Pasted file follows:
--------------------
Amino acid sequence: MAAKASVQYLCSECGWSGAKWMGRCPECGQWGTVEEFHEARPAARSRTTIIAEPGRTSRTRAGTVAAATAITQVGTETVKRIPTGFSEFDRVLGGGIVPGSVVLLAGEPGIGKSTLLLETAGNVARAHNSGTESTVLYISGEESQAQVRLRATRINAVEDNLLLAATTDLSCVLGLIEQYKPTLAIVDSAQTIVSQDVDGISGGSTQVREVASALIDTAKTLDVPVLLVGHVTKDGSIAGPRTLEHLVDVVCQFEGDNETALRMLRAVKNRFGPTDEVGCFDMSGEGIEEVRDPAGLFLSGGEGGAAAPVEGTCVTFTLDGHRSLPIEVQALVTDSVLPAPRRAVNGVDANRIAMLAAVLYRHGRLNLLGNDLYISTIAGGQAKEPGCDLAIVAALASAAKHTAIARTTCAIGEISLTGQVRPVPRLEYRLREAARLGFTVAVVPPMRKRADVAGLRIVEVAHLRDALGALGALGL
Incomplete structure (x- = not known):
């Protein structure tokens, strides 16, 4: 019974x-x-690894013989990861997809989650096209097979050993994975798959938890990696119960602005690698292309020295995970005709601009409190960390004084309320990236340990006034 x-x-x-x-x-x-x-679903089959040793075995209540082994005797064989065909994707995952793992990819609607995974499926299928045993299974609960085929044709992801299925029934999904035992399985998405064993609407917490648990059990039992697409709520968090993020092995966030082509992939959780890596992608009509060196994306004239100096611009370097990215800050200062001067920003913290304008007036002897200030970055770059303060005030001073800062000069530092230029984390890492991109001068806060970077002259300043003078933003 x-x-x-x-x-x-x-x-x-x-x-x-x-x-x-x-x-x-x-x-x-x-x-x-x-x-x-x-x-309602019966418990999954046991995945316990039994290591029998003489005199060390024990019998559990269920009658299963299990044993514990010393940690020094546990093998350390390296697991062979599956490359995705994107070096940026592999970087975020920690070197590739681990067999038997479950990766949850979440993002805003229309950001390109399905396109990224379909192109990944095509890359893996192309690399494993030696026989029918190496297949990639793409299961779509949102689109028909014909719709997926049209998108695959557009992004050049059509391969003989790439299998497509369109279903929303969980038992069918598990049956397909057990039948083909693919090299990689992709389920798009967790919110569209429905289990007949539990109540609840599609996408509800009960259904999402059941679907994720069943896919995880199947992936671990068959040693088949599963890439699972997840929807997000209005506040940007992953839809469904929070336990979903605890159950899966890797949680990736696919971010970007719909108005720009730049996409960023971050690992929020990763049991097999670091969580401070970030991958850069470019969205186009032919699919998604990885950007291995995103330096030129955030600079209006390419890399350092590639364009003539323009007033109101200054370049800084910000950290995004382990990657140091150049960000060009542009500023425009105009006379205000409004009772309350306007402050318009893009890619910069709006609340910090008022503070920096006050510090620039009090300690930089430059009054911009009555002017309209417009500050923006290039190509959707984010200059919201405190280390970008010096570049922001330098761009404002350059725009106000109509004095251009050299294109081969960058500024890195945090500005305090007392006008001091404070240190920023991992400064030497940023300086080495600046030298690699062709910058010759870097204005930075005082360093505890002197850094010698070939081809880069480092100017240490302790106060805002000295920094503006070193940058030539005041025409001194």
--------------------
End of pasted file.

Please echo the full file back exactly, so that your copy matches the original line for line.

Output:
Amino acid sequence: MAAKASVQYLCSECGWSGAKWMGRCPECGQWGTVEEFHEARPAARSRTTIIAEPGRTSRTRAGTVAAATAITQVGTETVKRIPTGFSEFDRVLGGGIVPGSVVLLAGEPGIGKSTLLLETAGNVARAHNSGTESTVLYISGEESQAQVRLRATRINAVEDNLLLAATTDLSCVLGLIEQYKPTLAIVDSAQTIVSQDVDGISGGSTQVREVASALIDTAKTLDVPVLLVGHVTKDGSIAGPRTLEHLVDVVCQFEGDNETALRMLRAVKNRFGPTDEVGCFDMSGEGIEEVRDPAGLFLSGGEGGAAAPVEGTCVTFTLDGHRSLPIEVQALVTDSVLPAPRRAVNGVDANRIAMLAAVLYRHGRLNLLGNDLYISTIAGGQAKEPGCDLAIVAALASAAKHTAIARTTCAIGEISLTGQVRPVPRLEYRLREAARLGFTVAVVPPMRKRADVAGLRIVEVAHLRDALGALGALGL
Incomplete structure (x- = not known):
């Protein structure tokens, strides 16, 4: 019974x-x-690894013989990861997809989650096209097979050993994975798959938890990696119960602005690698292309020295995970005709601009409190960390004084309320990236340990006034 x-x-x-x-x-x-x-679903089959040793075995209540082994005797064989065909994707995952793992990819609607995974499926299928045993299974609960085929044709992801299925029934999904035992399985998405064993609407917490648990059990039992697409709520968090993020092995966030082509992939959780890596992608009509060196994306004239100096611009370097990215800050200062001067920003913290304008007036002897200030970055770059303060005030001073800062000069530092230029984390890492991109001068806060970077002259300043003078933003 x-x-x-x-x-x-x-x-x-x-x-x-x-x-x-x-x-x-x-x-x-x-x-x-x-x-x-x-x-309602019966418990999954046991995945316990039994290591029998003489005199060390024990019998559990269920009658299963299990044993514990010393940690020094546990093998350390390296697991062979599956490359995705994107070096940026592999970087975020920690070197590739681990067999038997479950990766949850979440993002805003229309950001390109399905396109990224379909192109990944095509890359893996192309690399494993030696026989029918190496297949990639793409299961779509949102689109028909014909719709997926049209998108695959557009992004050049059509391969003989790439299998497509369109279903929303969980038992069918598990049956397909057990039948083909693919090299990689992709389920798009967790919110569209429905289990007949539990109540609840599609996408509800009960259904999402059941679907994720069943896919995880199947992936671990068959040693088949599963890439699972997840929807997000209005506040940007992953839809469904929070336990979903605890159950899966890797949680990736696919971010970007719909108005720009730049996409960023971050690992929020990763049991097999670091969580401070970030991958850069470019969205186009032919699919998604990885950007291995995103330096030129955030600079209006390419890399350092590639364009003539323009007033109101200054370049800084910000950290995004382990990657140091150049960000060009542009500023425009105009006379205000409004009772309350306007402050318009893009890619910069709006609340910090008022503070920096006050510090620039009090300690930089430059009054911009009555002017309209417009500050923006290039190509959707984010200059919201405190280390970008010096570049922001330098761009404002350059725009106000109509004095251009050299294109081969960058500024890195945090500005305090007392006008001091404070240190920023991992400064030497940023300086080495600046030298690699062709910058010759870097204005930075005082360093505890002197850094010698070939081809880069480092100017240490302790106060805002000295920094503006070193940058030539005041025409001194």